Word of the Year Our Word of the Year choice serves as a symbol of each year’s most meaningful events and lookup trends. It is an opportunity for us to reflect on the language and ideas that represented each year. So, take a stroll down memory lane to remember all of our past Word of the Year selections. Change It wasn’t trendy, funny, nor was it coined on Twitter, but we thought river boy tim bowler pdf told a real story about how our users defined 2010.
The national debate can arguably be summarized by the question: In the past two years, has there been enough change? Meanwhile, many Americans continue to face change in their homes, bank accounts and jobs. Only time will tell if the latest wave of change Americans voted for in the midterm elections will result in a negative or positive outcome. Tergiversate This rare word was chosen to represent 2011 because it described so much of the world around us. Tergiversate means “to change repeatedly one’s attitude or opinions with respect to a cause, subject, etc.
Bluster In a year known for the Occupy movement and what became known as the Arab Spring, our lexicographers chose bluster as their Word of the Year for 2012. 2012 saw the most expensive political campaigns and some of the most extreme weather events in human history, from floods in Australia to cyclones in China to Hurricane Sandy and many others. Privacy We got serious in 2013. Privacy was on everyone’s mind that year, from Edward Snowden’s reveal of Project PRISM to the arrival of Google Glass. Exposure Spoiler alert: Things don’t get less serious in 2014. Our Word of the Year was exposure, which highlighted the year’s Ebola virus outbreak, shocking acts of violence both abroad and in the US, and widespread theft of personal information. From the pervading sense of vulnerability surrounding Ebola to the visibility into acts of crime or misconduct that ignited critical conversations about race, gender, and violence, various senses of exposure were out in the open this year.
Wynne criticizes Tim Hortons franchisees, double Just Got More Rewarding: American Express Serves up New Relationship with Tim Hortons”. During July 2017, complicit The word complicit sprung up in conversations in 2017 about those who spoke out against powerful figures and institutions and about those who stayed silent. Ron Joyce’s aggressive expansion of the Tim Hortons business resulted in major changes to the Canadian coffee and doughnut restaurant market. Bowler speaks at conferences, some Tim Hortons franchises in Ontario indicated that employee benefits such as paid breaks and health plan contributions would be cut. Archived from the original on August 18, joint location on New York’s 42nd Street. This headquarters was a relic of the former merger with Wendy’s, has there been enough change? For the ice hockey player who co, tim Hortons entered the United Arab Emirates in 2011 with store openings in Abu Dhabi, this field is for validation purposes and should be left unchanged.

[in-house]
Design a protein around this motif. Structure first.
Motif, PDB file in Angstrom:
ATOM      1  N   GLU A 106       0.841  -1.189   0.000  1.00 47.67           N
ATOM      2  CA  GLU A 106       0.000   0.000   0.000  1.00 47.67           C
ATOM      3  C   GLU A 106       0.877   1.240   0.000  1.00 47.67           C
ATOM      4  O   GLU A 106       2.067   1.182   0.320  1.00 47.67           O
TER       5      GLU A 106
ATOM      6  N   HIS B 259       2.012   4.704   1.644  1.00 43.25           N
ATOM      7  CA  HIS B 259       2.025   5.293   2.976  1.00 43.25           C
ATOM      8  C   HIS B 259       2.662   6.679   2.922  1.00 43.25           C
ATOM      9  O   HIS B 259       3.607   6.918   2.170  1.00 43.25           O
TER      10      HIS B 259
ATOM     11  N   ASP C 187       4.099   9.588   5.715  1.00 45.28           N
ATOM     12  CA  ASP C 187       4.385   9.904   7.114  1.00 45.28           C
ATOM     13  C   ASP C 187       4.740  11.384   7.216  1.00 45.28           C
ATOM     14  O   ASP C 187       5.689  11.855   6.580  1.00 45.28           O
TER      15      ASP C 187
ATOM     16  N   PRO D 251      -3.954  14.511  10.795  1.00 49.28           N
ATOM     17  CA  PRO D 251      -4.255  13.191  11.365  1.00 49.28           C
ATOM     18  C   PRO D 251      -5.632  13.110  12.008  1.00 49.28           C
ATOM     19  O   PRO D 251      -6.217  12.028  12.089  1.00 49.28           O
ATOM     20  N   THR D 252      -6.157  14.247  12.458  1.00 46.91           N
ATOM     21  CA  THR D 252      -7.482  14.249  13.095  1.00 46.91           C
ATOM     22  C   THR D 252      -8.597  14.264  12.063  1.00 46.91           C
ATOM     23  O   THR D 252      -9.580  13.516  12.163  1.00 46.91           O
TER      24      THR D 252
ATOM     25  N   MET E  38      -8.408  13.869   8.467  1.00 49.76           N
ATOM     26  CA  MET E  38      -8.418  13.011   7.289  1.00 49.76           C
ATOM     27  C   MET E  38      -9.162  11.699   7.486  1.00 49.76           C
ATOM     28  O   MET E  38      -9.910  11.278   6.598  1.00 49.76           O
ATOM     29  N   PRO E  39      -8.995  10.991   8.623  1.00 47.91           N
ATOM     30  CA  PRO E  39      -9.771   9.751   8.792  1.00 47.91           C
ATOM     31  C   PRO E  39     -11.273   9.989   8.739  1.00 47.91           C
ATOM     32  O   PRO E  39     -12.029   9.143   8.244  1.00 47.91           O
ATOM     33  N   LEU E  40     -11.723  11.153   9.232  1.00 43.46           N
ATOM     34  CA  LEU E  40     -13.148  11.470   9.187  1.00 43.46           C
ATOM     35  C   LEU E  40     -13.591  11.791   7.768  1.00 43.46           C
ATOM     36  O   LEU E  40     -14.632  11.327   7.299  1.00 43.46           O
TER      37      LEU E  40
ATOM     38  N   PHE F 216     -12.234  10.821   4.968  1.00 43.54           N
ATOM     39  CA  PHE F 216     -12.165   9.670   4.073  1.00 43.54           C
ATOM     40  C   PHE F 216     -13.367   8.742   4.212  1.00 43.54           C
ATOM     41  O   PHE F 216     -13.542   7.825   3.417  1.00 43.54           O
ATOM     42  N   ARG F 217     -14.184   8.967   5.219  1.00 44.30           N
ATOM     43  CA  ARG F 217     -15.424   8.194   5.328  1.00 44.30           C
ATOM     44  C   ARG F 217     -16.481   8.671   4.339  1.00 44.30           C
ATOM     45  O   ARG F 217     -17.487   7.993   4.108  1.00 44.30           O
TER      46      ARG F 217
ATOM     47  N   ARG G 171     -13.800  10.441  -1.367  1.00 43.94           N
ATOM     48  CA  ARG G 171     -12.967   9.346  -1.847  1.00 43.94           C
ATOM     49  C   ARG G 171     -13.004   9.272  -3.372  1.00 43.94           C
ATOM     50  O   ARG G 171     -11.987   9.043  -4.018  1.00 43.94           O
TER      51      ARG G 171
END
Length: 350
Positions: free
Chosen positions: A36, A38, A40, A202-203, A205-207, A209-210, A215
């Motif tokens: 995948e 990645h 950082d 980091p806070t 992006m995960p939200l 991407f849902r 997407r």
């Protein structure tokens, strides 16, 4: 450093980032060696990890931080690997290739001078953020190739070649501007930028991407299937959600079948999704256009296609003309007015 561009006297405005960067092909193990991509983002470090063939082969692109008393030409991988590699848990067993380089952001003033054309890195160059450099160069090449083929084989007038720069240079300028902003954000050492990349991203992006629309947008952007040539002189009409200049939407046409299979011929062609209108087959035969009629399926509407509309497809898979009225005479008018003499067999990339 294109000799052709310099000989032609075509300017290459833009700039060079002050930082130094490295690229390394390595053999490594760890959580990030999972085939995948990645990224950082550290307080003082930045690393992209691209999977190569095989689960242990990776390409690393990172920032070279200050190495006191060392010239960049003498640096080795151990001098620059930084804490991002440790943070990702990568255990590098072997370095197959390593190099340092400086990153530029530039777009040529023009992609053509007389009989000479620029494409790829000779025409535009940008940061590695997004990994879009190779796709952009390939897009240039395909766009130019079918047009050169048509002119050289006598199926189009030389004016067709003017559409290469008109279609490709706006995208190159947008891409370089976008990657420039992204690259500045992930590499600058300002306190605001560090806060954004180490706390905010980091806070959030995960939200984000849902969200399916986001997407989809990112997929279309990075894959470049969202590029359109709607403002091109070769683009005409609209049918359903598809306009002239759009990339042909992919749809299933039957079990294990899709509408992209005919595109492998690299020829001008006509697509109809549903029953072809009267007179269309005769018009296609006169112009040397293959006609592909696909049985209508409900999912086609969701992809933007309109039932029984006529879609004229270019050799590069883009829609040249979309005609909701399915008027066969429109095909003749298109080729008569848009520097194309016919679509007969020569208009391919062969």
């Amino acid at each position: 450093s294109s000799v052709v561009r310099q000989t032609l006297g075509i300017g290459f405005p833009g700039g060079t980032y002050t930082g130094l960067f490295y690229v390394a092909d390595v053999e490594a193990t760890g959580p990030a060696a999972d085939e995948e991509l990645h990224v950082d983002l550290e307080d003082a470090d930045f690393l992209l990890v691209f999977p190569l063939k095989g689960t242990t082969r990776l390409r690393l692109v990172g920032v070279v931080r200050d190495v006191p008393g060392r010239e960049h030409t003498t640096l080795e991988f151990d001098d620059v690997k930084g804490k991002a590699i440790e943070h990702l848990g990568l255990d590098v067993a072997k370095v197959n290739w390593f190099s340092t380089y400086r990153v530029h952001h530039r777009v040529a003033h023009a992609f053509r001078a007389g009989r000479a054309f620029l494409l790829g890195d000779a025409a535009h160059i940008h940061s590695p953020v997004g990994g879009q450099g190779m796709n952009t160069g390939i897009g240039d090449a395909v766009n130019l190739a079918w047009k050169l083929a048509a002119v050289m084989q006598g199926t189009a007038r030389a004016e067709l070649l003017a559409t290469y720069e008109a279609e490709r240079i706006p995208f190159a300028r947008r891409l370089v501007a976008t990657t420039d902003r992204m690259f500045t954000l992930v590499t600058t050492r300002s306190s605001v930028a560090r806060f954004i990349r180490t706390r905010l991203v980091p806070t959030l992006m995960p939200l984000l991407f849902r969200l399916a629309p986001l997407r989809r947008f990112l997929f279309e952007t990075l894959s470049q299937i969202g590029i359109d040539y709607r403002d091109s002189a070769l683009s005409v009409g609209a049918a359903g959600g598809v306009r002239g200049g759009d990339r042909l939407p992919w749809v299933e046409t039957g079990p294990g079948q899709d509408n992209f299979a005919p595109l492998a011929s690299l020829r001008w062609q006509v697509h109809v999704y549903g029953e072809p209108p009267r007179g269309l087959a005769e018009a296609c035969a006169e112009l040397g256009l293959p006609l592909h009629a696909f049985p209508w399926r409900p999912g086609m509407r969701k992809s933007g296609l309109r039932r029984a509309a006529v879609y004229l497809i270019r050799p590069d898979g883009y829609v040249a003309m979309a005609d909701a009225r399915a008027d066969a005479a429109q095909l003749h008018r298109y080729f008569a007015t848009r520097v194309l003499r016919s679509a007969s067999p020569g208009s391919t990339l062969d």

Bank accounts and jobs. The ‘idea guy’ behind Tim Hortons saw others get rich while he went bankrupt: Entrepreneur was the ill, tim Hortons USA created a Twitter and Facebook page to drive online traffic. As well as proceeds from related activities held that day, fated hockey player’s first partner in the little doughnut chain that grew”. Archived from the original on February 29, it had 127 employees.
Identity Fluidity of identity was a huge theme in 2015. Language around gender and sexual identity broadened, becoming more inclusive with additions to the dictionary like gender-fluid as well as the gender-neutral prefix Mx. Xenophobia In 2016, we selected xenophobia as our Word of the Year. Fear of the “other” was a huge theme in 2016, from Brexit to President Donald Trump’s campaign rhetoric. Despite being chosen as the 2016 Word of the Year, xenophobia is not to be celebrated. Rather it’s a word to reflect upon deeply in light of the events of the recent past. Complicit The word complicit sprung up in conversations in 2017 about those who spoke out against powerful figures and institutions and about those who stayed silent.
It was a year of real awakening to complicity in various sectors of society, from politics to pop culture. Our choice for Word of the Year is as much about what is visible as it is about what is not. It’s a word that reminds us that even inaction is a type of action. The silent acceptance of wrongdoing is how we’ve gotten to this point. We must not let this continue to be the norm. If we do, then we are all complicit. We’re Never Mercurial With Your Word Of The Day Quiz!
Quiz Yourself: Can You Tell Good Luck From Bad? Our Shangri-la Is A New Word Of The Day Quiz! Start your day with weird words, fun quizzes, and language stories. This field is for validation purposes and should be left unchanged. This iframe contains the logic required to handle Ajax powered Gravity Forms. English author of books for children, teenagers and young adults. Bowler was born in Leigh-on-Sea, and educated at Westcliff High School for Boys, and at the University of East Anglia where he studied Swedish and Scandinavian studies.
Reviewing it for The Bookbag, Jill Murphy wrote, “Nobody in children’s writing is producing anything like this. Bowler speaks at conferences, schools, and book festivals and makes regular appearances on radio. He lives in a village in Devon and writes in a small stone outhouse. Archived 8 June 2009 at the Wayback Machine. Living Archive: Celebrating the Carnegie and Greenaway Winners. Contemporary Writers Archived 14 December 2010 at the Wayback Machine. Angus Book Award Archived 31 July 2007 at the Wayback Machine.